28 March 2009
The rather shallow River Avon winds through Christchurch. You can't operate a boat with any sort of keel on it, hence the punts, apparently hired largely by middle-aged (and older) tourists. Wait, I was a middle-aged tourist! Damn!
Ah...morning tea. Now this is a custom we should import to the US. It seems like wherever you are, be it at a conference, in class, weekday or weekend, around 10 AM there will be a break in the action and you'll have the opportunity to go get coffee or tea and a bite to eat. If you're in some sort of gathering of any size, it's likely the food and beverages will be provided by the host. The best thing is when someone invites you to their home for morning tea because you often get homemade goodies.
Even though it's called morning TEA, this is such an insane coffee culture that almost everyone gets coffee, but at least tea is available. The bites to eat tend to be sweet: little chunks of Danish, brownies, carrot cake, this horrible stuff called lamingtons (see photo, courtesy of www.benjaminchristie.com), that sort of thing. Sometimes there is fruit. It's great as long as you avoid the lamingtons. Unless you like them, of course. That white stuff sticking to the outside is coconut.
Marylou just pointed out to me that I've neglected to post any photos of our trip to New Zealand last month. Let me rectify that straightaway. Phil shot this while we were hiking part of the Queen Charlotte track near Picton on the South Island. A good half-day's hiking, 14 km, with stunning views like this around nearly every bend in the trail (or 'track' as it's known locally).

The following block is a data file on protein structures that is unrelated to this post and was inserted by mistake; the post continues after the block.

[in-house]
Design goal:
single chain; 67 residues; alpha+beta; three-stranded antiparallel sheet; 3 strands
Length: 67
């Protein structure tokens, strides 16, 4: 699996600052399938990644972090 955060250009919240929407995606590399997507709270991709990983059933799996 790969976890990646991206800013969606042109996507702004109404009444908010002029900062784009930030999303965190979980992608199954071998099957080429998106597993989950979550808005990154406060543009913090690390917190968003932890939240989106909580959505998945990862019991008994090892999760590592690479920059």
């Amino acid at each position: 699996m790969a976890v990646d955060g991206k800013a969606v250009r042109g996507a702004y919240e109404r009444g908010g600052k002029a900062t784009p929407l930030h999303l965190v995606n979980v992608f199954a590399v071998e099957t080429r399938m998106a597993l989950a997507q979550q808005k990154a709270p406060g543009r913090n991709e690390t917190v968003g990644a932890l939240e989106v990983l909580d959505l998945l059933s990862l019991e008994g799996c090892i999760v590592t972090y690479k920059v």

22 March 2009
Back in November I posted a photo of me with my peeps having lunch out at the Hundred Acre Bar. It is (so far) my favorite expensive restaurant in Brisbane. It's located on a public golf course in St. Lucia, about 2 miles from our house and a mile or so from campus. The menu is creative, focuses on seasonal foods, the wine list is broad and mostly reasonable, and the surroundings couldn't be better. And except for around the holiday season, you hardly ever need to book ahead.
This photo shows a typical, nicely preserved house built in the style known as Queenslander. Qlder houses tend to share certain characteristics: generally they are built up off the ground (to catch cooling breezes and make it harder for critters to enter); they have verandahs on 3 sides; when restored they often have multi-colored paint jobs to highlight quaint architectural detail, like the swinging doors at the top of the steps on this one.
19 March 2009
Wow, I see it's been over 2 months since my last post. What's my excuse? Well, I was traveling in the US for 3 weeks back in Jan/Feb. Then we spent a week in NZ ("En Zed", that is) so that we could get our permanent residency visas granted -- don't ask -- En Zed was lovely and I'm eager to go back.
As soon as that was done, school started for me, both as teacher and student, so I've been busy.
My other excuse is Facebook -- I've been spending my online energy there instead of here.
But here's a photo of a cool bush I saw the other day: it has both flowers and berries at the same time. The flowers are purple and the berries are yellow, a really nice color combination with the green leaves. No idea what it's called, of course.
Now that the semester is under way, and I'm a little calmer, I'll pay more attention. I promise.